Having children with disabilities comes hand-in-hand with not just taking care of them, but making sure they are cared for in the situation that you are not there to provide the care yourself. Though we tend to avoid thinking that tomorrow will be our last day, the reality is that tragedies are rarely expected and should always planned for. If you have children with special needs, it is crucial that you set up an estate plan that is tailored to the needs of your children in the event that you are not there to take care of them.
The first thing to consider when crafting an estate plan for children with special needs is how to ensure they don’t become ineligible for any needs-based public benefits like Social Security Income (SSI) or Medicaid as a result of any assets you may leave them. With a conventional estate plan, leaving a disabled child with an inheritance of at least $2000 will almost certainly terminate any government assistance they may be receiving. Instead, you should seek the help of an estate planning attorney who can properly draft a special needs trust that will leave your child in good hands in the case of your passing. A special needs trust is a legal arrangement designed to allow special needs individuals to receive supplemental income without risking their eligibility for government assistance programs. By leaving your assets in a trust, the inheritance is made unavailable to your child unless it is distributed to them by a designated trustee upon need.
What kind of trust should I leave for my child?
While several different types of Special Needs Trusts exist to provide financial support to special needs individuals, including First Party Trusts, which only store assets owned by the beneficiary, and Pooled Income Trusts, which invest those assets, if you are looking to leave money to a disabled child in a way that doesn’t interfere with them receiving necessary government benefits, you should highly consider setting up a Third Party Special Needs Trust. A Third Party Special Needs Trust (SNT) is typically established by parents or legal guardians for the benefit of a child with a disability. With this particular trust, as mentioned, beneficiaries are not permitted access to the funds in the trust, and third parties are required for any of the funds to be spent on goods and services for the beneficiaries. An additional perk of this type of trust is that upon the death of the beneficiary, any leftover funds are not required to be reimbursed to Medicaid, and instead can be distributed to existing heirs.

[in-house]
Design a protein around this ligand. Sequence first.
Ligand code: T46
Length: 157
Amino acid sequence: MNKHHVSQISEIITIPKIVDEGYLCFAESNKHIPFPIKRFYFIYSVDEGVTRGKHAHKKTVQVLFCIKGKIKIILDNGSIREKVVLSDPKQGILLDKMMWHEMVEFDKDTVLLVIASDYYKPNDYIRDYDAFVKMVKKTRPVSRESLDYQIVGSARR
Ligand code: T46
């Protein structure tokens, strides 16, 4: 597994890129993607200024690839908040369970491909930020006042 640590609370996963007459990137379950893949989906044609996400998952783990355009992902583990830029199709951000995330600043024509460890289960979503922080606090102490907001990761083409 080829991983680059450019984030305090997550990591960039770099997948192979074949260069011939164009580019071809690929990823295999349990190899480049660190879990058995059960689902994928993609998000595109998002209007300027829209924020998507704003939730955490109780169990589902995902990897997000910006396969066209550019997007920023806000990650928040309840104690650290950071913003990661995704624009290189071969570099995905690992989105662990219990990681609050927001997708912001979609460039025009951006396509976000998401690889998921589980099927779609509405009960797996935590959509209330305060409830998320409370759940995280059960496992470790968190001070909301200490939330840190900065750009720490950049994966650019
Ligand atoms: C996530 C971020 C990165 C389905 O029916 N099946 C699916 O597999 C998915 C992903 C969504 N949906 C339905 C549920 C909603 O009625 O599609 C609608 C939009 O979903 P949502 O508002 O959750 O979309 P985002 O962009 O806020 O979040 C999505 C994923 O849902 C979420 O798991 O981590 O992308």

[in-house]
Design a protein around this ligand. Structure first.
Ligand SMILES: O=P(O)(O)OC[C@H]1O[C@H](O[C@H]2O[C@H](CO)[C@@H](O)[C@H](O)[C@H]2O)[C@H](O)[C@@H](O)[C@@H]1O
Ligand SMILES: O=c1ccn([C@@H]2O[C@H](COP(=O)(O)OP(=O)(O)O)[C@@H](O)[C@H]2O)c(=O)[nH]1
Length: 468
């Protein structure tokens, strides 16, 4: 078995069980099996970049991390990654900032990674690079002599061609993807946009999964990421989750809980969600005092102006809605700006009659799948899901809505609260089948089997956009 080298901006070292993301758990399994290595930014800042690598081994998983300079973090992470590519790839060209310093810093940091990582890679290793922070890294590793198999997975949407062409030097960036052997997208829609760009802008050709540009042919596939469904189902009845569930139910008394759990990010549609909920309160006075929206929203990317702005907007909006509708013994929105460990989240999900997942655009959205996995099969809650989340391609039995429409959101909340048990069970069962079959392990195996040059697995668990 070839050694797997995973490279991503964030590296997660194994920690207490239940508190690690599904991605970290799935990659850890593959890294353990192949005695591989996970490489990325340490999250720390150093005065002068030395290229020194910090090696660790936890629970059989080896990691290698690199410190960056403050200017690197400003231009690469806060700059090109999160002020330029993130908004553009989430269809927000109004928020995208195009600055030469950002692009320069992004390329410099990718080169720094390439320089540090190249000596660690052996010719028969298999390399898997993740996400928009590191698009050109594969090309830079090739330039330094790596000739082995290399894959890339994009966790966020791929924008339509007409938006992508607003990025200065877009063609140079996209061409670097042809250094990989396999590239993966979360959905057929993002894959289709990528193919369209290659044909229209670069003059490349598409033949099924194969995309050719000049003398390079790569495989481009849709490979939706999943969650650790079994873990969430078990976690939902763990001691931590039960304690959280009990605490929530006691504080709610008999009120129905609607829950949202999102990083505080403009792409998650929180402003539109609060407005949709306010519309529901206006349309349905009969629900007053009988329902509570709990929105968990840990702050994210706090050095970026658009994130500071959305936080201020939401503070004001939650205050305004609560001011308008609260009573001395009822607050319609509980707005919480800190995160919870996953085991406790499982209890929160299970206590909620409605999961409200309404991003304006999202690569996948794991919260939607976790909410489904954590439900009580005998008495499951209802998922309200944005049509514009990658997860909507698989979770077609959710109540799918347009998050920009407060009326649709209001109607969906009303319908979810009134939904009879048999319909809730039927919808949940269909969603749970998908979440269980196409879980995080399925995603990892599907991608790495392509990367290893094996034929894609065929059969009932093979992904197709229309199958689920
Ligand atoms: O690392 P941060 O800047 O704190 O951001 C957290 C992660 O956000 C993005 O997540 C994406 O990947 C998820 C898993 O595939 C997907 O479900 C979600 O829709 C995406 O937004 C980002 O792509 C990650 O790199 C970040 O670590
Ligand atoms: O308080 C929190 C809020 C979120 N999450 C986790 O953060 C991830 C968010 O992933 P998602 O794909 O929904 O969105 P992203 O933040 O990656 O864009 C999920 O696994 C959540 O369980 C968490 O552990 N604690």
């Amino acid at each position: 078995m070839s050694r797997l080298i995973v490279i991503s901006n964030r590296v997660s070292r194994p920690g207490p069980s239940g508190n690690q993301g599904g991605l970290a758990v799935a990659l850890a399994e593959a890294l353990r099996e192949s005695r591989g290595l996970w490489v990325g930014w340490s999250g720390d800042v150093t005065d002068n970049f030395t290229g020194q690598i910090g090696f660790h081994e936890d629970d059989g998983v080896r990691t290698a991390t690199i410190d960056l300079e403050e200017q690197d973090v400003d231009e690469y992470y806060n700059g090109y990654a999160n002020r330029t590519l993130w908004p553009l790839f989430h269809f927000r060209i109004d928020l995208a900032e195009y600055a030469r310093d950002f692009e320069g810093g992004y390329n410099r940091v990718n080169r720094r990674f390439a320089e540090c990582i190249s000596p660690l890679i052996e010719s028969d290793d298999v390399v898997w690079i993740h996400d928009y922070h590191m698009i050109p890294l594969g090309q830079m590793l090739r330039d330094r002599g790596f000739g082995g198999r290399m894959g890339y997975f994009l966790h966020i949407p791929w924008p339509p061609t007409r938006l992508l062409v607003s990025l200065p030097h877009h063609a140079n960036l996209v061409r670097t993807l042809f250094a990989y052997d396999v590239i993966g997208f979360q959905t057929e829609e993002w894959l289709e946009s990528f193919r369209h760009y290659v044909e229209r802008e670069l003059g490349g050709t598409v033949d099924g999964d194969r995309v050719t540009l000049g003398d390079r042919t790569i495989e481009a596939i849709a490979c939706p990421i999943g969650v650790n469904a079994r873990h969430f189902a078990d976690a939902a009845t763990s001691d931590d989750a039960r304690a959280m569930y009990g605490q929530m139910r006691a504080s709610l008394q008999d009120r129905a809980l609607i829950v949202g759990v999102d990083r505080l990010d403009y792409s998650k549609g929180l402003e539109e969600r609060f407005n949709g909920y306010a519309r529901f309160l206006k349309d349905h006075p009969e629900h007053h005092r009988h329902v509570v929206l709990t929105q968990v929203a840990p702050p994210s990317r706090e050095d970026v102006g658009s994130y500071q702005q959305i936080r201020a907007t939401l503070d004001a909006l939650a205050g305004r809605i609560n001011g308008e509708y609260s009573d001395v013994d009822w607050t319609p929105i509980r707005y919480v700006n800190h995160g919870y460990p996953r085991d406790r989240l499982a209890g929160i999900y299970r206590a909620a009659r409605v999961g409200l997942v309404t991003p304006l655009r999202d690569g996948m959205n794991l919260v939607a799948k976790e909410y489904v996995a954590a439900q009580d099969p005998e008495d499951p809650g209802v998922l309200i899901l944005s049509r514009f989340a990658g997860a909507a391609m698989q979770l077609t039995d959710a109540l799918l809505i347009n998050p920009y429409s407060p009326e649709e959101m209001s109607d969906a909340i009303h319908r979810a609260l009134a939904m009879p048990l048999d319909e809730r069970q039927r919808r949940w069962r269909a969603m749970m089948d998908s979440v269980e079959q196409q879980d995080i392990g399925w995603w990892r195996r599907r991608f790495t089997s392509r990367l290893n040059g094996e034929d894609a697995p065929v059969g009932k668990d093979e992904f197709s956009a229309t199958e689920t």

Be Aware of the Tax Situation
While slightly less important than the actual establishment of a trust, tax considerations do come into play when you are leaving money for your child. Generally speaking, families will usually consider a revocable trust, or a trust that can be changed with a trust amendment, when they wish to retain maximum control over the assets in the trust as well as have the final say over who the beneficiary is. On the other hand, an irrevocable trust is more common among families seeking to lower their income tax and escape the burden of the estate tax in the case that the value of their assets exceeds the exemption threshold.
How do I appoint the right trustee?
One of the most important decisions that parents can make when creating a Special Needs Trust for their child is appointing the right trustee. Though the selection process varies among families, parents should ensure that the chosen trustee understands and can perform the following duties: Financial Duty, and Personal Needs and Advocacy.